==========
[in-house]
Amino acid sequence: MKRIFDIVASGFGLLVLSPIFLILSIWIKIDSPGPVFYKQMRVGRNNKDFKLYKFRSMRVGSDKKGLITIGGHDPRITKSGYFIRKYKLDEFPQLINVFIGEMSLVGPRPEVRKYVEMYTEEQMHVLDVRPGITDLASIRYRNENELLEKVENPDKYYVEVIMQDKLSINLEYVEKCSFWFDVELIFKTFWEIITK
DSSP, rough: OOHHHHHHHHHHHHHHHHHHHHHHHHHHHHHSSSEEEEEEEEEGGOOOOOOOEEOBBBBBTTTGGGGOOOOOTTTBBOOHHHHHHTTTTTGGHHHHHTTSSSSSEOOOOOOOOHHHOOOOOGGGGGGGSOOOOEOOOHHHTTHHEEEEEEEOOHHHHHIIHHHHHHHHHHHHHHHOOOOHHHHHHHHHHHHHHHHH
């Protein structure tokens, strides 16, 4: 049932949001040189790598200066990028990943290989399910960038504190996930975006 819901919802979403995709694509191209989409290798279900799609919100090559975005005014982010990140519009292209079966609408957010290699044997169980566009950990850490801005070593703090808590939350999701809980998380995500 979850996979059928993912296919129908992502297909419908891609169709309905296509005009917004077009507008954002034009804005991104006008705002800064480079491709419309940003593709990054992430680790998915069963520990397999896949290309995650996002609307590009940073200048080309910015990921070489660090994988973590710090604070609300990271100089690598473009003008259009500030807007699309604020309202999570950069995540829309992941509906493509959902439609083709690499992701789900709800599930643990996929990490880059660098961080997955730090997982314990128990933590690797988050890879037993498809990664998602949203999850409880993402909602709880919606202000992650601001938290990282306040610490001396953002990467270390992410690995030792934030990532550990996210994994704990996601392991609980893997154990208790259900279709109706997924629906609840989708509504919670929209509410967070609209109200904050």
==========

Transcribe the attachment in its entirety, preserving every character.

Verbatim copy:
[in-house]
Amino acid sequence: MKRIFDIVASGFGLLVLSPIFLILSIWIKIDSPGPVFYKQMRVGRNNKDFKLYKFRSMRVGSDKKGLITIGGHDPRITKSGYFIRKYKLDEFPQLINVFIGEMSLVGPRPEVRKYVEMYTEEQMHVLDVRPGITDLASIRYRNENELLEKVENPDKYYVEVIMQDKLSINLEYVEKCSFWFDVELIFKTFWEIITK
DSSP, rough: OOHHHHHHHHHHHHHHHHHHHHHHHHHHHHHSSSEEEEEEEEEGGOOOOOOOEEOBBBBBTTTGGGGOOOOOTTTBBOOHHHHHHTTTTTGGHHHHHTTSSSSSEOOOOOOOOHHHOOOOOGGGGGGGSOOOOEOOOHHHTTHHEEEEEEEOOHHHHHIIHHHHHHHHHHHHHHHOOOOHHHHHHHHHHHHHHHHH
């Protein structure tokens, strides 16, 4: 049932949001040189790598200066990028990943290989399910960038504190996930975006 819901919802979403995709694509191209989409290798279900799609919100090559975005005014982010990140519009292209079966609408957010290699044997169980566009950990850490801005070593703090808590939350999701809980998380995500 979850996979059928993912296919129908992502297909419908891609169709309905296509005009917004077009507008954002034009804005991104006008705002800064480079491709419309940003593709990054992430680790998915069963520990397999896949290309995650996002609307590009940073200048080309910015990921070489660090994988973590710090604070609300990271100089690598473009003008259009500030807007699309604020309202999570950069995540829309992941509906493509959902439609083709690499992701789900709800599930643990996929990490880059660098961080997955730090997982314990128990933590690797988050890879037993498809990664998602949203999850409880993402909602709880919606202000992650601001938290990282306040610490001396953002990467270390992410690995030792934030990532550990996210994994704990996601392991609980893997154990208790259900279709109706997924629906609840989708509504919670929209509410967070609209109200904050």